But Uber and Lyft contend they are not transportation companies; they’re technology companies, they argue, albeit ones that operate on the roads. You have one person selling something (the driver), another wanting to buy what they are selling (the passenger), and Uber/Lyft processing that transaction through their app and taking a cut for providing their platform.
That’s a big part of the problem. The new companies’ reason for being is simply to process the fare transaction, and how the drivers serve the community is sometimes secondary. The traditional cab companies have generally known their role and the reason they’re allowed to operate: serving as a small but vital part of that transportation network within cities. And they have always known that, as a part of the arrangement — through regulations in the deals they cut with cities — they have to serve the whole market.
It is difficult to map out the transportation data on low-income and elderly residents for every major city, but this much is known: The poor and elderly are less likely to have the high-tech access to Uber and Lyft, and they cannot get service unless they do.
The new ride-sharing companies have done wonderful things to speed up service and provide people with ways to make a little extra cash. But one has to have a smartphone to make the connection with a driver, and, according to the Pew Research Center, about one-third of American adults do not have a smartphone. People without smartphones tend to skew poorer and older, and this means the newer ride-sharing services are not being used by the city’s low-income and elderly residents.
The data bears this out. A study by the American Public Transportation Association that surveyed frequent ride-sharing users in seven cities last year found the average household income of those users was about $91,000. This is not evidence that Uber and Lyft are consciously discriminating by income; it is, however, evidence that the more wealthy have greater access to the Uber and Lyft services.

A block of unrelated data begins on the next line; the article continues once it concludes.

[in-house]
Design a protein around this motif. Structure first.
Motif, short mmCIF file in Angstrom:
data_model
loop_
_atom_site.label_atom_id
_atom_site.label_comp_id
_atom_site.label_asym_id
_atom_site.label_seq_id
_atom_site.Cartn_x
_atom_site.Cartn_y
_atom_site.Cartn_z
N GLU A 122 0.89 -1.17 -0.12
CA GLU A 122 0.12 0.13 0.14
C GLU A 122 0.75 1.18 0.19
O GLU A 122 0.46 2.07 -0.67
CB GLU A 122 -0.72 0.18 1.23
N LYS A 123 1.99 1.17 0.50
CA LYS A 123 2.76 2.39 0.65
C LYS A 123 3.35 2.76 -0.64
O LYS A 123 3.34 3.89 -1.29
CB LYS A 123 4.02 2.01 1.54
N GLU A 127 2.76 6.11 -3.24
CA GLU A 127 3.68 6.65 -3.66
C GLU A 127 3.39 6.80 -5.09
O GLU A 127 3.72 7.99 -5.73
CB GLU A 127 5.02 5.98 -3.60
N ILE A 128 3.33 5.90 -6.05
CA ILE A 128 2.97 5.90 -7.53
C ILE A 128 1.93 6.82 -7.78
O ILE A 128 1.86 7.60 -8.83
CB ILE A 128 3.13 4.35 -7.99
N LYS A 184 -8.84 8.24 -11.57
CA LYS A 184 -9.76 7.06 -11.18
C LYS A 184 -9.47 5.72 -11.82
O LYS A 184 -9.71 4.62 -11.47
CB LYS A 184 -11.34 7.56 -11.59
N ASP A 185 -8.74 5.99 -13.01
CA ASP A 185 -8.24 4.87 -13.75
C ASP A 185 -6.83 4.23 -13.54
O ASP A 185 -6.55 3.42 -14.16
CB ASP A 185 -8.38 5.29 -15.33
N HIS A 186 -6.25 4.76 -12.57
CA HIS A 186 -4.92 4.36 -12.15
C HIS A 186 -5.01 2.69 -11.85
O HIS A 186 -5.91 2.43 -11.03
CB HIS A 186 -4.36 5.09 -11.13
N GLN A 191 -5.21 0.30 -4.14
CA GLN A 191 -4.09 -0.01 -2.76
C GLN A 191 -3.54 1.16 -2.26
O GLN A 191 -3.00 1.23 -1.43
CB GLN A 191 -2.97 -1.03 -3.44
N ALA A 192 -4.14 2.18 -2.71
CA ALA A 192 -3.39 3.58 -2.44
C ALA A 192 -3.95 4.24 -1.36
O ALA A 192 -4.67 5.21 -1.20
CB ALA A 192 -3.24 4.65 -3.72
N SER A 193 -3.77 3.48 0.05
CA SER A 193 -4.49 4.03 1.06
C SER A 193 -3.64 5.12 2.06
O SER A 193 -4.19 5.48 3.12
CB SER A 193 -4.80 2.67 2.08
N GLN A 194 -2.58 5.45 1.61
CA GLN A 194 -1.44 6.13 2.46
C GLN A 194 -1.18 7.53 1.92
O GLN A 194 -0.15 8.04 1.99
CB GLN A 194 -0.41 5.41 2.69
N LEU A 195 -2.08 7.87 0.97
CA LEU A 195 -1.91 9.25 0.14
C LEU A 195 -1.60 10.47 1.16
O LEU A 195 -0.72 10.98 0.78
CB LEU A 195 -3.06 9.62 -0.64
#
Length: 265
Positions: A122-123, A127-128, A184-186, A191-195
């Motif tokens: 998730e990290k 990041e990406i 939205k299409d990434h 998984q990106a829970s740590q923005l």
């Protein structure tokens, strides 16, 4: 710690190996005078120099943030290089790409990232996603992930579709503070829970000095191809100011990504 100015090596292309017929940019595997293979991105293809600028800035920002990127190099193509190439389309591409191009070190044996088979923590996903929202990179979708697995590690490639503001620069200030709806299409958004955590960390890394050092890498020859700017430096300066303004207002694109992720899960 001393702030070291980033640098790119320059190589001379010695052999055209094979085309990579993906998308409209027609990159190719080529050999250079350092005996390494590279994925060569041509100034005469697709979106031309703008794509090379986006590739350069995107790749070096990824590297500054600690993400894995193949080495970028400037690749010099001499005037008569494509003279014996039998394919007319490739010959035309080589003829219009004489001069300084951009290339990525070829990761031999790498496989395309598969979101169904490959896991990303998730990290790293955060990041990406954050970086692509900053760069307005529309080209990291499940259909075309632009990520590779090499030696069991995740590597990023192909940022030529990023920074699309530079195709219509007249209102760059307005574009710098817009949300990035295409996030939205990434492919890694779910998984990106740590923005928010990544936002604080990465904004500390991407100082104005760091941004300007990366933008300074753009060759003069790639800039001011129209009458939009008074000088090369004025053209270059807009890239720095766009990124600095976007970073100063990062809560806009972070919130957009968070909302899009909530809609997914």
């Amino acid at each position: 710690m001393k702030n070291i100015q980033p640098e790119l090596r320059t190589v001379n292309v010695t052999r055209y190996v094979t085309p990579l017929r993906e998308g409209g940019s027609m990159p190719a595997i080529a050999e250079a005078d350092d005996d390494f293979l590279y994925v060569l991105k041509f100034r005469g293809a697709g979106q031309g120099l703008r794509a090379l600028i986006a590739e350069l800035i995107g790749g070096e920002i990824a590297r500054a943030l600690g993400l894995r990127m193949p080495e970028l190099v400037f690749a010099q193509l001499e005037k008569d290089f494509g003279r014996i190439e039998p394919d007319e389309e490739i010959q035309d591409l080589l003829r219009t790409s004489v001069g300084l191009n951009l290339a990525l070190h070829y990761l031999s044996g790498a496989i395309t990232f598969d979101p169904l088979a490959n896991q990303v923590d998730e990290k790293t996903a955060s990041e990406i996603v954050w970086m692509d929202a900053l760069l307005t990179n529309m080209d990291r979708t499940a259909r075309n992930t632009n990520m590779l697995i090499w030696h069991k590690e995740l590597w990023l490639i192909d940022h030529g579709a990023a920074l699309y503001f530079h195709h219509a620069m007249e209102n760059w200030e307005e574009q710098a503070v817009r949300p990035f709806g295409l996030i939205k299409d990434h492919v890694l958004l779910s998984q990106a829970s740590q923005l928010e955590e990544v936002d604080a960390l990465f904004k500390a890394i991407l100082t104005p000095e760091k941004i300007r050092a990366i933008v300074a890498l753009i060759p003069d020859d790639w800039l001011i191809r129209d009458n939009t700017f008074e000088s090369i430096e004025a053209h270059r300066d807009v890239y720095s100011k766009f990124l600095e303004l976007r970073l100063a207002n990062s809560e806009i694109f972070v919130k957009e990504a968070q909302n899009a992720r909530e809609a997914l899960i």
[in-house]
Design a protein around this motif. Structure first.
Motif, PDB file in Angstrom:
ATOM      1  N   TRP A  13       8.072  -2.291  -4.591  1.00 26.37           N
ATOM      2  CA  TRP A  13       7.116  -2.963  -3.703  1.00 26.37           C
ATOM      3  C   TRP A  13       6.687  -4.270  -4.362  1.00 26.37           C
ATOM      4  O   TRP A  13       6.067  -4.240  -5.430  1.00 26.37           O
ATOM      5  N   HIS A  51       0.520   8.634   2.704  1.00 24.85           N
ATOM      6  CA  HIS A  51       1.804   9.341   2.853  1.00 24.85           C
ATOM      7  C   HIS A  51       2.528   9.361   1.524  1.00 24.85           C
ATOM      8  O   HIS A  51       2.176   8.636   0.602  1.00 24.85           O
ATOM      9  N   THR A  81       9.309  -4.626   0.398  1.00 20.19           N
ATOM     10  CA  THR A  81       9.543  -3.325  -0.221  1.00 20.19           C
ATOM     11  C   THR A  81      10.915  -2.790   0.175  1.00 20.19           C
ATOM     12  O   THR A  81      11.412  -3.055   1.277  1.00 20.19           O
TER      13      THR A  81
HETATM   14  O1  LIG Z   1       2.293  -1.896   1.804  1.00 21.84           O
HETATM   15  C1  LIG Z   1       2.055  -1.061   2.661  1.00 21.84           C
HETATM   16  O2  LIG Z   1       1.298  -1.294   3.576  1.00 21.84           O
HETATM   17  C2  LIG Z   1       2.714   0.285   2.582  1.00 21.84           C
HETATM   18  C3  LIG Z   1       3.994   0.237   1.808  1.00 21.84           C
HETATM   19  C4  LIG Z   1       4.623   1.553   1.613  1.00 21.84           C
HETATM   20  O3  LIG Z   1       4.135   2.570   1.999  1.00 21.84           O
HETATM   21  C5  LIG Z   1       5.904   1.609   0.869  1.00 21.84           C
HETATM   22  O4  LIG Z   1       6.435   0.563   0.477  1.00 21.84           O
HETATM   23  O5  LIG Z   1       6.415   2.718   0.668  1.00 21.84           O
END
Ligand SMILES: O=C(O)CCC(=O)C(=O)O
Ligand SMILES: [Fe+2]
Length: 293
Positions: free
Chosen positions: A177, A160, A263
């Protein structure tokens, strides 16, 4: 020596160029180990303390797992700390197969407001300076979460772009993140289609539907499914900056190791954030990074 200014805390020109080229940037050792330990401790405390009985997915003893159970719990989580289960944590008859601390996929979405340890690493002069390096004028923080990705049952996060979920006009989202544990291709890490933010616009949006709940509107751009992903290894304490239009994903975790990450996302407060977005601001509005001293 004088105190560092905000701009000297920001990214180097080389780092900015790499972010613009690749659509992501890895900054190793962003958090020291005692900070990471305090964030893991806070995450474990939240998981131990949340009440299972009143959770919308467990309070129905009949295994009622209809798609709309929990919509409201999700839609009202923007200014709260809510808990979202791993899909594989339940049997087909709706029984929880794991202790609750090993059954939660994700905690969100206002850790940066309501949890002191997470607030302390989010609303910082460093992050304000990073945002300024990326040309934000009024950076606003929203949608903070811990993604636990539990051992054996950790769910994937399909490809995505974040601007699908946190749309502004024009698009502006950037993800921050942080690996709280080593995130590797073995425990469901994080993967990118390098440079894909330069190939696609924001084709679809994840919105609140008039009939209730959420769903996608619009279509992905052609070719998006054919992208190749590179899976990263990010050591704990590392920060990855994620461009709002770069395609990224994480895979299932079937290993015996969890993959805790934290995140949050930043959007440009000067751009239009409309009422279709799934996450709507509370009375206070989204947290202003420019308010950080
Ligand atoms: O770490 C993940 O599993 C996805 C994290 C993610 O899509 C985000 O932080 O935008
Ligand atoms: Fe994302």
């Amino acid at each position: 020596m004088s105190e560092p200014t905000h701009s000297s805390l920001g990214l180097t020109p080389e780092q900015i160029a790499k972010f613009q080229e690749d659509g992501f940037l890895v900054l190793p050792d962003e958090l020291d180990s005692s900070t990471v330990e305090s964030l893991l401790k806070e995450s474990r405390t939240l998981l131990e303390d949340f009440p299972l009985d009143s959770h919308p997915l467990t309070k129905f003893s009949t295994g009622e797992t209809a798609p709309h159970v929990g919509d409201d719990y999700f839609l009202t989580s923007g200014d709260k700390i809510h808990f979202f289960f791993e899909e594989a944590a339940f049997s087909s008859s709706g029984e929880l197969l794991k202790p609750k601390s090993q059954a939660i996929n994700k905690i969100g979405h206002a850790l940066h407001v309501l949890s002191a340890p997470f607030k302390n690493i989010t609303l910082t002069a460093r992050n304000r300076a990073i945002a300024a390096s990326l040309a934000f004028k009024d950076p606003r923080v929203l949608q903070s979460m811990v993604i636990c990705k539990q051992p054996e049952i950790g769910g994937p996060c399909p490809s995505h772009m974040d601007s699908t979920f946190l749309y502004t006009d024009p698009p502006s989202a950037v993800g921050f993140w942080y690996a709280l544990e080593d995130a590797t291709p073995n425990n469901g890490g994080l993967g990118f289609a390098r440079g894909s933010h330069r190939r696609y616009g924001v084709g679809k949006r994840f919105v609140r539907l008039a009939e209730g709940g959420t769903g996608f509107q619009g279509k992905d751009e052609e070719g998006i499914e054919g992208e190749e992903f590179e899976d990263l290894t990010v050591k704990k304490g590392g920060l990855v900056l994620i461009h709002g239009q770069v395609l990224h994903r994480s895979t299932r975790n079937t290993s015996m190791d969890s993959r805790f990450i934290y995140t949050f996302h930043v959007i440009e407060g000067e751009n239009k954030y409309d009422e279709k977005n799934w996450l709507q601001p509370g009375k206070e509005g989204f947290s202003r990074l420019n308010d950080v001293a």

“While some of the services might provide a dramatic improvement in underserved areas, these benefits may not equally apply to all income ranges,” researchers from the Eno Center for Transportation wrote earlier this year. “Lower income travelers that do not have access to a smartphone or cannot afford the new services might be left worse off as the traditional transit services they rely upon lose market share.”
That “losing of market share” is the key part of all this. The Uber/Lyft drivers are skimming the wealthier users off the top. The traditional cab companies have always known that serving the entire community is part of their deal, whether they like it or not. But Uber, whose market share in New York City has gone from four percent in 2014 to 13.5 percent last year, has shown little interest in what happens to those who would have a more difficult time getting rides in the absence of a traditional taxi service.
The old cab companies have been woefully inadequate in keeping up with societal and technological changes in their industry. But if cities are going to welcome these new ride-sharing companies to improve the taxicab industry, they must serve as part of the whole transportation network, and not just be an outside transaction facilitator.
That wouldn’t mean getting rid of the GPS/smartphone app. But it might mean adding operators who answer calls from people without cell phones or Internet access, or having kiosks at hospitals and grocery stores where people can access their service, or committing to paying the fees and necessary registration to work the airports and hotels. And, most important for drivers in Austin, it could mean the ride-share companies shift their view of city-issued background checks.
Cities have to deal with all of the community when deciding how services should be provided, and they can’t have businesses providing transportation services that exclude a large swath of the populace.